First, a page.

Book Review of Hidden Worlds: Revisiting the Mennonite Migrants of the 1870s. By Royden Loewen. (Winter 2003). Great Plains Quarterly. pp. 56-7.

“You’ve Come A Long Way Baby or Was the Anger Worth It: Women in Leadership in the Mennonite Church.” (Summer 2003) MCC Women’s Concerns Report.

“Schism: Where Outside Women’s Work and Insider Dress Collided in an Amish Mennonite Church, “in Strangers at Home: Amish and Mennonite Women in History, Johns Hopkins University Press, 2002.

“Sacred Farming” versus “Working Out”: The Negotiated Lives of Conservative Mennonite Farm Women” in Frontiers: A Journal of Women’s Studies, 2002.

With Steven D. Reschly, “A Women’s History for Anabaptist Traditions: A Framework of Possibilities, Possibly Changing the Framework.” vol. 18 Journal of Mennonite Studies, 2002, pp. 29-46.

“The Diverse Histories of Mennonite Women” Mennonite Yearbook (Scottdale, PA: Mennonite Publishing House, 1995).

With Marc A. Olshan, “Amish Women and the Feminist Conundrum” in War Against Progress: The Amish Struggle with Modernity, Donald B. Kraybill and Marc A. Olshan, eds. (University Press of New England, 1994).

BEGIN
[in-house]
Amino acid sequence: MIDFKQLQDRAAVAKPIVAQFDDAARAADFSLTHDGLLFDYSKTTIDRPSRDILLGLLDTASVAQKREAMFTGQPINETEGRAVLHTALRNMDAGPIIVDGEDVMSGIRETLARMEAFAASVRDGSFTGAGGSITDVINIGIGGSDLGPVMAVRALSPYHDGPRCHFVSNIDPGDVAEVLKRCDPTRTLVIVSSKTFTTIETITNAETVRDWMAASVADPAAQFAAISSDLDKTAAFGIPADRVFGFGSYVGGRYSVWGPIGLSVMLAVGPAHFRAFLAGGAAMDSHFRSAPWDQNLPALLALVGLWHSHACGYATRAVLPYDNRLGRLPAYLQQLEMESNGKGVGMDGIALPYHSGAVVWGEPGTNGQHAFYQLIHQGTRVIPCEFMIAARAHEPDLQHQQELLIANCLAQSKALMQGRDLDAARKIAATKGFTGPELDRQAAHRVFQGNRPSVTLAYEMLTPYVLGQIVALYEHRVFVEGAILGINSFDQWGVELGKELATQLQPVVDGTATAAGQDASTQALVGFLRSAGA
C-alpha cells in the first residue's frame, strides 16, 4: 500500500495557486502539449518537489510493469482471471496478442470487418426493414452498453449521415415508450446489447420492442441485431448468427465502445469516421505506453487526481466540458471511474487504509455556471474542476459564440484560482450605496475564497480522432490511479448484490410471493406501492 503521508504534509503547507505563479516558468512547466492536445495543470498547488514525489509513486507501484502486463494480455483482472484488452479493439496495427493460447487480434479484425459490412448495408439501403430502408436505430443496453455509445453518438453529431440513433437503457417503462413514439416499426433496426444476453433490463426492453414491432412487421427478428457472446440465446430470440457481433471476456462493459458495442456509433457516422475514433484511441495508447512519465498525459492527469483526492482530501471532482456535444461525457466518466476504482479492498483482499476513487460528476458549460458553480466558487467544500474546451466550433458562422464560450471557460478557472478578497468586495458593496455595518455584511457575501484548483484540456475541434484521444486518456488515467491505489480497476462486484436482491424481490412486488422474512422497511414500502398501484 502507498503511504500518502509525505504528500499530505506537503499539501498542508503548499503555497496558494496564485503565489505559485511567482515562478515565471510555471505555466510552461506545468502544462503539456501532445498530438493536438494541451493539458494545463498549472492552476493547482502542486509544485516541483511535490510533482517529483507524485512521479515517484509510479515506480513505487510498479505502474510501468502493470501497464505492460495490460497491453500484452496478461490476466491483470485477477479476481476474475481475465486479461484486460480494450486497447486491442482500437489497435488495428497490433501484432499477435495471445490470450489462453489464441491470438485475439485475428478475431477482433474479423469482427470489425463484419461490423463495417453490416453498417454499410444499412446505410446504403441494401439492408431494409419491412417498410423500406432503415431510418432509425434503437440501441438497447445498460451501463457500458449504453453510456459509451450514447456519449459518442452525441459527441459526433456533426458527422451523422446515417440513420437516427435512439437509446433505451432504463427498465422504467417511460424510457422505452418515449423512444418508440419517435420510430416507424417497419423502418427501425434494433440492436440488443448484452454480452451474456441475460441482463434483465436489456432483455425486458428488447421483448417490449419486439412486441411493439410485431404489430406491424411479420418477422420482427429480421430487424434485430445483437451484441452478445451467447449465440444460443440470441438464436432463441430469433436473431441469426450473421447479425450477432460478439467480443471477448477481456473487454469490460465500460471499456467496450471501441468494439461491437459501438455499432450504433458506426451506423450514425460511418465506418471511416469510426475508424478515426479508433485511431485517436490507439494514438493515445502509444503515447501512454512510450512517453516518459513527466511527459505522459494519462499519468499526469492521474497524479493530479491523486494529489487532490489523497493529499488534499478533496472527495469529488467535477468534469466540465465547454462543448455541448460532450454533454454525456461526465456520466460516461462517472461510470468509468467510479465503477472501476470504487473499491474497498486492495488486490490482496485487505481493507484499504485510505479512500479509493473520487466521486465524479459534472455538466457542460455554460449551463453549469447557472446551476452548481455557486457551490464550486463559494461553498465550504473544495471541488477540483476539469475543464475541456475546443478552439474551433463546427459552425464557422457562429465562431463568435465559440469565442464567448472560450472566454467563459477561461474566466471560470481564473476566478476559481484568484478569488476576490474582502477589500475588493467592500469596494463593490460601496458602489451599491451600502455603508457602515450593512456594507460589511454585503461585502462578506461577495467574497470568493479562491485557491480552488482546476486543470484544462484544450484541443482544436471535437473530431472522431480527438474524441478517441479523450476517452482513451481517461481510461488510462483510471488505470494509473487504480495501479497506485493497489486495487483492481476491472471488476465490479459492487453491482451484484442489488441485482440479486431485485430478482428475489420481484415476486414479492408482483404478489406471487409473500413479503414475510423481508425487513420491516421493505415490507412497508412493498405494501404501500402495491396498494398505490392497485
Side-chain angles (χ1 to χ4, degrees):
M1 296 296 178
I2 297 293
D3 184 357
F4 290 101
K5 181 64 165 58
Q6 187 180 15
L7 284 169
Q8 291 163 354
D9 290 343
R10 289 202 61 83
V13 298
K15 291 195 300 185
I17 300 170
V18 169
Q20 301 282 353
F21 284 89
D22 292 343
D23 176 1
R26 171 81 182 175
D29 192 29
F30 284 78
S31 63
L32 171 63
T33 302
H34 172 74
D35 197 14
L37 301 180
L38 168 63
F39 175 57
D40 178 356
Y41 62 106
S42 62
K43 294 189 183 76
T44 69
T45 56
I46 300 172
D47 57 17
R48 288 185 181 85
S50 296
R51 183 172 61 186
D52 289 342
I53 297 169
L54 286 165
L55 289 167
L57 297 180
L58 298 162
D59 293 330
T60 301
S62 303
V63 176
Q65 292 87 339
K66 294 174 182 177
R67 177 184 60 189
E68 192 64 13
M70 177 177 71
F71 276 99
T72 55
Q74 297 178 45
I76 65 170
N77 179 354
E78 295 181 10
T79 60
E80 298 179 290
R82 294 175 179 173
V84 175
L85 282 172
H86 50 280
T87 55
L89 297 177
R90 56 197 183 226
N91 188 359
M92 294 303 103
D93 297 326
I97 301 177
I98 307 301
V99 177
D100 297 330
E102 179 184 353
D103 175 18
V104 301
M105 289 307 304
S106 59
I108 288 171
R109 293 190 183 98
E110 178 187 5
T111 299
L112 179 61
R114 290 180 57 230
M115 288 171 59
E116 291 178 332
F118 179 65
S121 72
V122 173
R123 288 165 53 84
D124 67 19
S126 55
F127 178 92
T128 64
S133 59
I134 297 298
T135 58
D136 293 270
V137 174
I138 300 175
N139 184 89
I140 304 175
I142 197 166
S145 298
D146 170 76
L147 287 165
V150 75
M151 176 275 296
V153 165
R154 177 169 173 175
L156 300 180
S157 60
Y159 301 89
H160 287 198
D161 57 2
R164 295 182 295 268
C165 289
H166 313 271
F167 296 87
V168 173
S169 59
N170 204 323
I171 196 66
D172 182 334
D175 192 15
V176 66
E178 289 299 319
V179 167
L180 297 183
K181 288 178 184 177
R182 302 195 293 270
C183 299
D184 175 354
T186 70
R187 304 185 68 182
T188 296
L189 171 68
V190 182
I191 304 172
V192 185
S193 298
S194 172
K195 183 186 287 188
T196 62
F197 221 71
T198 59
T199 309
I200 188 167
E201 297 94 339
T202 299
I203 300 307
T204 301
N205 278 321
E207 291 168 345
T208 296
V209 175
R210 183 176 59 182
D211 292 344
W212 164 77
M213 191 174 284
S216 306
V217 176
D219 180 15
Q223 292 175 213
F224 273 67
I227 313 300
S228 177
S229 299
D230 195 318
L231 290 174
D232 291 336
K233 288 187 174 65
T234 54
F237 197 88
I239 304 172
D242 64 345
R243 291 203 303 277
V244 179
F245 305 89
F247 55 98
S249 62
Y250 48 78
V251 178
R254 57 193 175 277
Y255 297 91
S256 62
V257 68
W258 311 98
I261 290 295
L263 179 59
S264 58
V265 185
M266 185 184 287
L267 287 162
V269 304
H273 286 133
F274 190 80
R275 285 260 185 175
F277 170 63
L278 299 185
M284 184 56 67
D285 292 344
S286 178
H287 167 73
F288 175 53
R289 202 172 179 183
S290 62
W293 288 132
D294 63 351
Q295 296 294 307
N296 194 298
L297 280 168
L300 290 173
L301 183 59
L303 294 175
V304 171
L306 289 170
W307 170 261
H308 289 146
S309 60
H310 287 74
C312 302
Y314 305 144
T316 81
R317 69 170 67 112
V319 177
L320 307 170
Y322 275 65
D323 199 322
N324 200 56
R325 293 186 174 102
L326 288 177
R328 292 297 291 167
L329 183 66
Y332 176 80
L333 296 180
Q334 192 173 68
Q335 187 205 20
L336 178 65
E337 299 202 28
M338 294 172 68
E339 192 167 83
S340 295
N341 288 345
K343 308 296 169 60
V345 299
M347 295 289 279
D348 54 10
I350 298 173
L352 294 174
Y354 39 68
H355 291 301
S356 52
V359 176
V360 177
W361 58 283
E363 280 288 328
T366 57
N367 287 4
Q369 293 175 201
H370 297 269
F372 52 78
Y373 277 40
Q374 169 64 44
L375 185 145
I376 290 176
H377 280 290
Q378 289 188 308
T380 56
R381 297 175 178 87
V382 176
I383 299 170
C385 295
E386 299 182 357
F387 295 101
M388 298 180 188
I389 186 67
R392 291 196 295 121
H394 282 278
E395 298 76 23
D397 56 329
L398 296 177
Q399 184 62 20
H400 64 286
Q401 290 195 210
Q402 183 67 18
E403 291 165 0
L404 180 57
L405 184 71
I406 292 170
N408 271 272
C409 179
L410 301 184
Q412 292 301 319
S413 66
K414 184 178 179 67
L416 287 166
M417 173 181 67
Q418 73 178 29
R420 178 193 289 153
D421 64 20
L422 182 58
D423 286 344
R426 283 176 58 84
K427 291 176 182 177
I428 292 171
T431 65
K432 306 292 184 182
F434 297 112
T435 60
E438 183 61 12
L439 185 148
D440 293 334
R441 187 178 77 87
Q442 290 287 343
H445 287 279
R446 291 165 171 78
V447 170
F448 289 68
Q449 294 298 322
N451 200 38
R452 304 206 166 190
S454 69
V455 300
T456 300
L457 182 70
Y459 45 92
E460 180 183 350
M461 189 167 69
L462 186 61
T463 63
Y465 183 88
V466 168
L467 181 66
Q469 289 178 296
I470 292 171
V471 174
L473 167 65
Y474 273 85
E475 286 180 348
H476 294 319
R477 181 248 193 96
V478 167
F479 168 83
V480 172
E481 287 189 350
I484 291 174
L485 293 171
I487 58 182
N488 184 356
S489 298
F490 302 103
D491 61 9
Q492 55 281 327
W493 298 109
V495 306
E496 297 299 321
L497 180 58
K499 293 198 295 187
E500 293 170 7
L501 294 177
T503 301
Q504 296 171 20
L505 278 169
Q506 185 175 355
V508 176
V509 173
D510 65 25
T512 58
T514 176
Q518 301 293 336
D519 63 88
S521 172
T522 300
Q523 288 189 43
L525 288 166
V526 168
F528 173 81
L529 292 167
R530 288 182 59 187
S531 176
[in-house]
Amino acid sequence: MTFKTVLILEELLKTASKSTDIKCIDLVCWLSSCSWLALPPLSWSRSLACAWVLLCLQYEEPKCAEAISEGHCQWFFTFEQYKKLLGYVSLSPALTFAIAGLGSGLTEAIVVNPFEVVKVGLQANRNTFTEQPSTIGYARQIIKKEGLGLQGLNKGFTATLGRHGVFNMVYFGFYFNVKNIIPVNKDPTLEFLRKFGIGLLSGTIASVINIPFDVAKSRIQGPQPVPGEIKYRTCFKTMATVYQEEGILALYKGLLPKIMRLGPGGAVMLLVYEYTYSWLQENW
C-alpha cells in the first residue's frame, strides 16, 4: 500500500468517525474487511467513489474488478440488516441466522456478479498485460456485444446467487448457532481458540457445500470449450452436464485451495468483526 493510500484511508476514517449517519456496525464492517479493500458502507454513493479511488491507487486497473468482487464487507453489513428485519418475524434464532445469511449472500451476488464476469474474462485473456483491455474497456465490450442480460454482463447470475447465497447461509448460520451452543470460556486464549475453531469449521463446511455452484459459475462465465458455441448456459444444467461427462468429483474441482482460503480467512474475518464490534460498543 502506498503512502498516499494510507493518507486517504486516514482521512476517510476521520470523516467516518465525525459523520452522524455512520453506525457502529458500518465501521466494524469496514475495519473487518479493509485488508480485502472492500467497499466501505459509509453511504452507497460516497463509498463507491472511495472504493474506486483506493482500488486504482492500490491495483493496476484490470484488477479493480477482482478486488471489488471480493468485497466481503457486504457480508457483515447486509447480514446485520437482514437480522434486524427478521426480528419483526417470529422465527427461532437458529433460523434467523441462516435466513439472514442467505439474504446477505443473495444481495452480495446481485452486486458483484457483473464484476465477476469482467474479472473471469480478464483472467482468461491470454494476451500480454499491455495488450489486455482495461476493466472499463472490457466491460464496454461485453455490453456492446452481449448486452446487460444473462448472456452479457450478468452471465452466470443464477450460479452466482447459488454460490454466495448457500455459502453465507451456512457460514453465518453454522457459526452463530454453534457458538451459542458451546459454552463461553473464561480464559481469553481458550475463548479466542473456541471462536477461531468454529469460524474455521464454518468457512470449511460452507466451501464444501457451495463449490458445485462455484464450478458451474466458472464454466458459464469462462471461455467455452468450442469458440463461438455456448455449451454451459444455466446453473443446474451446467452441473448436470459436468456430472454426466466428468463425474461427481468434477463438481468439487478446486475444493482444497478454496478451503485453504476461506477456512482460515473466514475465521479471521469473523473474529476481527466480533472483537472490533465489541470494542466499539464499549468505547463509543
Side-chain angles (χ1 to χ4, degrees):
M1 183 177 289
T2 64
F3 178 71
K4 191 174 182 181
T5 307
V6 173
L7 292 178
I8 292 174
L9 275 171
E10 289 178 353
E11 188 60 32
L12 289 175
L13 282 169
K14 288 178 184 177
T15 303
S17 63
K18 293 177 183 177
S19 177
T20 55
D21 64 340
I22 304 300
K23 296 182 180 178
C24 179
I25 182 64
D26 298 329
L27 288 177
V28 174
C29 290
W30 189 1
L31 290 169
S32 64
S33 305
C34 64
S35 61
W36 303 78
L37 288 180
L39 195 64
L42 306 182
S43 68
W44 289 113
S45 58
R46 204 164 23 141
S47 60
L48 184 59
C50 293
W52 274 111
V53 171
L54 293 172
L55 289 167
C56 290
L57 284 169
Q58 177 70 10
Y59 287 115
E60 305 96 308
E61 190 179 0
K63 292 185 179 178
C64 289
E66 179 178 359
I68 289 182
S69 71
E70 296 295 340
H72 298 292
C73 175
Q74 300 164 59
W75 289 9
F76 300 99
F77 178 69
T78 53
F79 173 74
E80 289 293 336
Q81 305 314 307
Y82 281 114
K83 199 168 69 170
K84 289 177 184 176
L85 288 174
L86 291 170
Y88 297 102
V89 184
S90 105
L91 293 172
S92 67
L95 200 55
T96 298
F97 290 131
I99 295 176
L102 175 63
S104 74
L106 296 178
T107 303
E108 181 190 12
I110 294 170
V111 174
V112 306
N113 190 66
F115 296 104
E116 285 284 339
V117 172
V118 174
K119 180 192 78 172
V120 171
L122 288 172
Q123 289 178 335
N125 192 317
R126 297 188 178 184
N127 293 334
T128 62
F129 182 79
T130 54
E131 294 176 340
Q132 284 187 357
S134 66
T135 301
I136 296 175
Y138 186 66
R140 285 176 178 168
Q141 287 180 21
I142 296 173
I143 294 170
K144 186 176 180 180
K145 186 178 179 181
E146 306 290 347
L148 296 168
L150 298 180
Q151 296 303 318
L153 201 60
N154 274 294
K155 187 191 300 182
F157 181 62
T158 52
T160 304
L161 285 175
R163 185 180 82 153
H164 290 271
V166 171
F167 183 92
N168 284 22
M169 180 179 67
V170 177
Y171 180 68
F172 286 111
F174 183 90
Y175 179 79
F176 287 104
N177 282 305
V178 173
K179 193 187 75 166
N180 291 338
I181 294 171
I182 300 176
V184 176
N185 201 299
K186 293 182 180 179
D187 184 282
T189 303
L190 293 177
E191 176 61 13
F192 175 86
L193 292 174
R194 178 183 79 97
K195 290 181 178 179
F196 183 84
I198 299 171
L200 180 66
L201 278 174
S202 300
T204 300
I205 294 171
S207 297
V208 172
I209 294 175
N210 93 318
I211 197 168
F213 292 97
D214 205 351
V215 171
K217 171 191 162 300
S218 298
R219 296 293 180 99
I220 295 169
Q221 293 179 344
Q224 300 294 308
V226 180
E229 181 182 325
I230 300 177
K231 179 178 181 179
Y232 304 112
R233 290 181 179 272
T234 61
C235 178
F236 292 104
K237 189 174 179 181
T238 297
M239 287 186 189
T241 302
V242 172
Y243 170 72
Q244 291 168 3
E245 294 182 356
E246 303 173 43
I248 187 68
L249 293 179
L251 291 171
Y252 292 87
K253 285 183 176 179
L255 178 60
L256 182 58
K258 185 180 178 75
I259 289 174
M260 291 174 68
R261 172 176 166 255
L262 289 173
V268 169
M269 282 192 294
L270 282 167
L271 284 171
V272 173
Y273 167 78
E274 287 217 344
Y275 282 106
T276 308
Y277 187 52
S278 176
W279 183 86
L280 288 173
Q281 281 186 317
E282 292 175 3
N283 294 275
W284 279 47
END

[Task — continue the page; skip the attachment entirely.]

“The North Newton Women’s International League for Peace and Freedom: Educating for Peace,” Mennonite Life, vol. 40, December, 1985.

Scholarly Presentations and Abstracts

  • Cheyenne Women’s History and the 1868 Washita Massacre
  • Washita National Battlefield, Cheyenne, OK, March 2018.
  • First Mennonite Church, Bluffton, OH, February 2018.
  • Second Saturday Lecture Series, University Park, MD, January 2018.
  • Kauffman Museum, N. Newton, KS, October 2016.
  • Busboys and Poets, Hyattsville, MD, March 2016.
  • The Circle and the Cross: Oral History and the Peace Theologies of the Southern Cheyenne. Mennonite/s Writing VII: Movement, Transformation, Place. Fresno Pacific University, March 2015.
  • Arguing into the Wind: Mennonite Missionary Bertha Kinsinger Petter’s Lifelong Advocacy for Cheyenne Women, 1896-1967. Histories on the Edge, The 16th Berkshire Conference of Women’s Historians. University of Toronto, Canada. May 2014.
  • Step-Mothering on the Mennonite Mission Field: The Letters of Olga Petter Schroeder and Bertha Kinsinger Petter. at Mothering Mennonite, Bethel College, October 2013.
  • Invited paper, Fabricating Culture: Changes in Twentieth Century Amish Women’s Work and Identity. The Textile Museum, Washington, DC. January 2009.
  • Invited paper, A Women’s History of the Cheyenne Mennonite Mission. Cheyenne, Arapaho, Mennonite: Journey from Darlington. Clinton, Okla. April, 2006.